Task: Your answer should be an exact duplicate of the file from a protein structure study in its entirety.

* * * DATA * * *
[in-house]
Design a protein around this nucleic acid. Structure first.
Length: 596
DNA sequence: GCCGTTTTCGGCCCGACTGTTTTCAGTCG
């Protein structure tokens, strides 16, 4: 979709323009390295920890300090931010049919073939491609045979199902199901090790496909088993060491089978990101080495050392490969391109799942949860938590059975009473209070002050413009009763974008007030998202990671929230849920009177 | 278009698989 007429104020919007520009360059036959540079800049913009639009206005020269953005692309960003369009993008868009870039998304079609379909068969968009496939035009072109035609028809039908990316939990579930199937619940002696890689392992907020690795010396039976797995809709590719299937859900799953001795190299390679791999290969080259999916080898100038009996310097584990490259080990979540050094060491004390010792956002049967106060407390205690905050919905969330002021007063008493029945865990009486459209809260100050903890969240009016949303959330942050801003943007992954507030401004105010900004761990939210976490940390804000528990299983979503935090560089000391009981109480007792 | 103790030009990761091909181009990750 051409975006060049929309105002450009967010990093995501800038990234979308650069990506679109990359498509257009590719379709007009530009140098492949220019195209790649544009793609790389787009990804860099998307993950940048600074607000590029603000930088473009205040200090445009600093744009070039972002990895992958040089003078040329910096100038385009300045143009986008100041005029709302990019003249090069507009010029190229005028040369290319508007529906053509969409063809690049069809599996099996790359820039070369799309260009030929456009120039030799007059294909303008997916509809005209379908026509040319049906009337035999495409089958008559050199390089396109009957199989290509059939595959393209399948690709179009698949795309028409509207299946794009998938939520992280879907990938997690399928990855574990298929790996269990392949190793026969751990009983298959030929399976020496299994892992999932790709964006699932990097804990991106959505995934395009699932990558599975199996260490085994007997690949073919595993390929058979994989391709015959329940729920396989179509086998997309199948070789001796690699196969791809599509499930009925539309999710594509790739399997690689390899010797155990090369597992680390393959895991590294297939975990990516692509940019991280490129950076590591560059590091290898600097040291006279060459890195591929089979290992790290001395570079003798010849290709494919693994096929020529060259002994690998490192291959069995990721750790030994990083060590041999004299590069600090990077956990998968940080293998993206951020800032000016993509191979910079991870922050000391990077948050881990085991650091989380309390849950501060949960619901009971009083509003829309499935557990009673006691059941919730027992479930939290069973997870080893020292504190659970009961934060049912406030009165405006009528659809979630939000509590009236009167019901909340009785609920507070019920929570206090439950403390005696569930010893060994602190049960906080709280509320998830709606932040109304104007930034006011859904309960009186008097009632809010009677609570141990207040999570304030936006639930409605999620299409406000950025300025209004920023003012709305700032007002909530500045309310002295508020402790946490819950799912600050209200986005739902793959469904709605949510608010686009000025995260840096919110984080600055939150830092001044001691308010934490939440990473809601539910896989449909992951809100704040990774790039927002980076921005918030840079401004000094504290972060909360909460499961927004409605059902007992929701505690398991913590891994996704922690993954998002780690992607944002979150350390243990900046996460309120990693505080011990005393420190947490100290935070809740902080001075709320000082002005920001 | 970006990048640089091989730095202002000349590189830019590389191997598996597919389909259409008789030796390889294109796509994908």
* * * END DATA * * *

[in-house]
Design a protein around this nucleic acid. Structure first.
Length: 596
DNA sequence: GCCGTTTTCGGCCCGACTGTTTTCAGTCG
């Protein structure tokens, strides 16, 4: 979709323009390295920890300090931010049919073939491609045979199902199901090790496909088993060491089978990101080495050392490969391109799942949860938590059975009473209070002050413009009763974008007030998202990671929230849920009177 | 278009698989 007429104020919007520009360059036959540079800049913009639009206005020269953005692309960003369009993008868009870039998304079609379909068969968009496939035009072109035609028809039908990316939990579930199937619940002696890689392992907020690795010396039976797995809709590719299937859900799953001795190299390679791999290969080259999916080898100038009996310097584990490259080990979540050094060491004390010792956002049967106060407390205690905050919905969330002021007063008493029945865990009486459209809260100050903890969240009016949303959330942050801003943007992954507030401004105010900004761990939210976490940390804000528990299983979503935090560089000391009981109480007792 | 103790030009990761091909181009990750 051409975006060049929309105002450009967010990093995501800038990234979308650069990506679109990359498509257009590719379709007009530009140098492949220019195209790649544009793609790389787009990804860099998307993950940048600074607000590029603000930088473009205040200090445009600093744009070039972002990895992958040089003078040329910096100038385009300045143009986008100041005029709302990019003249090069507009010029190229005028040369290319508007529906053509969409063809690049069809599996099996790359820039070369799309260009030929456009120039030799007059294909303008997916509809005209379908026509040319049906009337035999495409089958008559050199390089396109009957199989290509059939595959393209399948690709179009698949795309028409509207299946794009998938939520992280879907990938997690399928990855574990298929790996269990392949190793026969751990009983298959030929399976020496299994892992999932790709964006699932990097804990991106959505995934395009699932990558599975199996260490085994007997690949073919595993390929058979994989391709015959329940729920396989179509086998997309199948070789001796690699196969791809599509499930009925539309999710594509790739399997690689390899010797155990090369597992680390393959895991590294297939975990990516692509940019991280490129950076590591560059590091290898600097040291006279060459890195591929089979290992790290001395570079003798010849290709494919693994096929020529060259002994690998490192291959069995990721750790030994990083060590041999004299590069600090990077956990998968940080293998993206951020800032000016993509191979910079991870922050000391990077948050881990085991650091989380309390849950501060949960619901009971009083509003829309499935557990009673006691059941919730027992479930939290069973997870080893020292504190659970009961934060049912406030009165405006009528659809979630939000509590009236009167019901909340009785609920507070019920929570206090439950403390005696569930010893060994602190049960906080709280509320998830709606932040109304104007930034006011859904309960009186008097009632809010009677609570141990207040999570304030936006639930409605999620299409406000950025300025209004920023003012709305700032007002909530500045309310002295508020402790946490819950799912600050209200986005739902793959469904709605949510608010686009000025995260840096919110984080600055939150830092001044001691308010934490939440990473809601539910896989449909992951809100704040990774790039927002980076921005918030840079401004000094504290972060909360909460499961927004409605059902007992929701505690398991913590891994996704922690993954998002780690992607944002979150350390243990900046996460309120990693505080011990005393420190947490100290935070809740902080001075709320000082002005920001 | 970006990048640089091989730095202002000349590189830019590389191997598996597919389909259409008789030796390889294109796509994908």